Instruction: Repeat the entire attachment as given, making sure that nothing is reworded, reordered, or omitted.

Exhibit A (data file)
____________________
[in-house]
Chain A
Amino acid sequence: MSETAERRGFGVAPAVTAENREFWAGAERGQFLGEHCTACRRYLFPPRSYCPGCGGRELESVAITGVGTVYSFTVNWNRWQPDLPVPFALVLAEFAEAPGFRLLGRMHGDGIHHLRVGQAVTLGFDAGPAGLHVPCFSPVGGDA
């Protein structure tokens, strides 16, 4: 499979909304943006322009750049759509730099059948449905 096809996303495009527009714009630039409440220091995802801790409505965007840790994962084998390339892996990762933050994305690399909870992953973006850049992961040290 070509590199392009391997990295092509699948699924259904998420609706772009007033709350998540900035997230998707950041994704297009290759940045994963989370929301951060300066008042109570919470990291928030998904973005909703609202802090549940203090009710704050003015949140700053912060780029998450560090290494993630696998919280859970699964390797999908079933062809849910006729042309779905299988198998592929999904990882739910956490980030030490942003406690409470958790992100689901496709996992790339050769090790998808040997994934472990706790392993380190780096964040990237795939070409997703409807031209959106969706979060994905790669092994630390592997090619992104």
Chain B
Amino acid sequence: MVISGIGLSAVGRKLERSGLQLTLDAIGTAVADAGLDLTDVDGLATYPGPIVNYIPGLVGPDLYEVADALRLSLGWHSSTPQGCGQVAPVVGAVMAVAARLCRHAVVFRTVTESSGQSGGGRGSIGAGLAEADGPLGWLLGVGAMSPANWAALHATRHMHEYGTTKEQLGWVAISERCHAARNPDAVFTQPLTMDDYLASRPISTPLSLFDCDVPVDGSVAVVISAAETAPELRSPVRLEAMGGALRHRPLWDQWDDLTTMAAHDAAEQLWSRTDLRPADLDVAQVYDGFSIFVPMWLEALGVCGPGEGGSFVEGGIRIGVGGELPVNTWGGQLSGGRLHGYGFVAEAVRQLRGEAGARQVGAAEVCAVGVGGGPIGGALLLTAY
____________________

[in-house]
Chain A
Amino acid sequence: MSETAERRGFGVAPAVTAENREFWAGAERGQFLGEHCTACRRYLFPPRSYCPGCGGRELESVAITGVGTVYSFTVNWNRWQPDLPVPFALVLAEFAEAPGFRLLGRMHGDGIHHLRVGQAVTLGFDAGPAGLHVPCFSPVGGDA
């Protein structure tokens, strides 16, 4: 499979909304943006322009750049759509730099059948449905 096809996303495009527009714009630039409440220091995802801790409505965007840790994962084998390339892996990762933050994305690399909870992953973006850049992961040290 070509590199392009391997990295092509699948699924259904998420609706772009007033709350998540900035997230998707950041994704297009290759940045994963989370929301951060300066008042109570919470990291928030998904973005909703609202802090549940203090009710704050003015949140700053912060780029998450560090290494993630696998919280859970699964390797999908079933062809849910006729042309779905299988198998592929999904990882739910956490980030030490942003406690409470958790992100689901496709996992790339050769090790998808040997994934472990706790392993380190780096964040990237795939070409997703409807031209959106969706979060994905790669092994630390592997090619992104």
Chain B
Amino acid sequence: MVISGIGLSAVGRKLERSGLQLTLDAIGTAVADAGLDLTDVDGLATYPGPIVNYIPGLVGPDLYEVADALRLSLGWHSSTPQGCGQVAPVVGAVMAVAARLCRHAVVFRTVTESSGQSGGGRGSIGAGLAEADGPLGWLLGVGAMSPANWAALHATRHMHEYGTTKEQLGWVAISERCHAARNPDAVFTQPLTMDDYLASRPISTPLSLFDCDVPVDGSVAVVISAAETAPELRSPVRLEAMGGALRHRPLWDQWDDLTTMAAHDAAEQLWSRTDLRPADLDVAQVYDGFSIFVPMWLEALGVCGPGEGGSFVEGGIRIGVGGELPVNTWGGQLSGGRLHGYGFVAEAVRQLRGEAGARQVGAAEVCAVGVGGGPIGGALLLTAY